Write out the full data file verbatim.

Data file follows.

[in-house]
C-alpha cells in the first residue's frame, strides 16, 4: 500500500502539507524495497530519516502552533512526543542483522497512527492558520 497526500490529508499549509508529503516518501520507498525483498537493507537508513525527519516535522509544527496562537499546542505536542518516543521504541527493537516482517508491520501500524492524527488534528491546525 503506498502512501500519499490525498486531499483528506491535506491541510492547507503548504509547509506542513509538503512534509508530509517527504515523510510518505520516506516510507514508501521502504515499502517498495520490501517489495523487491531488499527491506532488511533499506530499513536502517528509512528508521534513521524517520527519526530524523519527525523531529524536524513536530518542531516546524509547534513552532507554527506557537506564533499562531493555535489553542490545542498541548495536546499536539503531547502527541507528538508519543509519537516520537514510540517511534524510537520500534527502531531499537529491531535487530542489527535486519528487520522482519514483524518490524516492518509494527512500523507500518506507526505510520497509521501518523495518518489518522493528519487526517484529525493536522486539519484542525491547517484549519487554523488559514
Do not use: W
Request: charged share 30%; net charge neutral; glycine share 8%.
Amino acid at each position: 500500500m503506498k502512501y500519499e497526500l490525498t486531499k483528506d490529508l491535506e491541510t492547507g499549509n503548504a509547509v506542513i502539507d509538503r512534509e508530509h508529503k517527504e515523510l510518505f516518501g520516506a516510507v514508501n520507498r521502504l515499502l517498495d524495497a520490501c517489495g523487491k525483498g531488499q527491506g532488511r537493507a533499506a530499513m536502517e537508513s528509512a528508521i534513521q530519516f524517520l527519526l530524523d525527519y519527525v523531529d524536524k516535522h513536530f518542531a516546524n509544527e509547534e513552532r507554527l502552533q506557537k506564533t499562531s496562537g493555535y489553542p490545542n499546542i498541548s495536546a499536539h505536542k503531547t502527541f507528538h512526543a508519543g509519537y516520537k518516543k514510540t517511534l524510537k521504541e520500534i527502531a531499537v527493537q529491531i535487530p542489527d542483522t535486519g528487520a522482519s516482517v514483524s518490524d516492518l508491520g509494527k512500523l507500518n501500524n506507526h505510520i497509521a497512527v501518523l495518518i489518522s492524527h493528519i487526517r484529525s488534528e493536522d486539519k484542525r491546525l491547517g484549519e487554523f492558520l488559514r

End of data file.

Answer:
[in-house]
C-alpha cells in the first residue's frame, strides 16, 4: 500500500502539507524495497530519516502552533512526543542483522497512527492558520 497526500490529508499549509508529503516518501520507498525483498537493507537508513525527519516535522509544527496562537499546542505536542518516543521504541527493537516482517508491520501500524492524527488534528491546525 503506498502512501500519499490525498486531499483528506491535506491541510492547507503548504509547509506542513509538503512534509508530509517527504515523510510518505520516506516510507514508501521502504515499502517498495520490501517489495523487491531488499527491506532488511533499506530499513536502517528509512528508521534513521524517520527519526530524523519527525523531529524536524513536530518542531516546524509547534513552532507554527506557537506564533499562531493555535489553542490545542498541548495536546499536539503531547502527541507528538508519543509519537516520537514510540517511534524510537520500534527502531531499537529491531535487530542489527535486519528487520522482519514483524518490524516492518509494527512500523507500518506507526505510520497509521501518523495518518489518522493528519487526517484529525493536522486539519484542525491547517484549519487554523488559514
Do not use: W
Request: charged share 30%; net charge neutral; glycine share 8%.
Amino acid at each position: 500500500m503506498k502512501y500519499e497526500l490525498t486531499k483528506d490529508l491535506e491541510t492547507g499549509n503548504a509547509v506542513i502539507d509538503r512534509e508530509h508529503k517527504e515523510l510518505f516518501g520516506a516510507v514508501n520507498r521502504l515499502l517498495d524495497a520490501c517489495g523487491k525483498g531488499q527491506g532488511r537493507a533499506a530499513m536502517e537508513s528509512a528508521i534513521q530519516f524517520l527519526l530524523d525527519y519527525v523531529d524536524k516535522h513536530f518542531a516546524n509544527e509547534e513552532r507554527l502552533q506557537k506564533t499562531s496562537g493555535y489553542p490545542n499546542i498541548s495536546a499536539h505536542k503531547t502527541f507528538h512526543a508519543g509519537y516520537k518516543k514510540t517511534l524510537k521504541e520500534i527502531a531499537v527493537q529491531i535487530p542489527d542483522t535486519g528487520a522482519s516482517v514483524s518490524d516492518l508491520g509494527k512500523l507500518n501500524n506507526h505510520i497509521a497512527v501518523l495518518i489518522s492524527h493528519i487526517r484529525s488534528e493536522d486539519k484542525r491546525l491547517g484549519e487554523f492558520l488559514r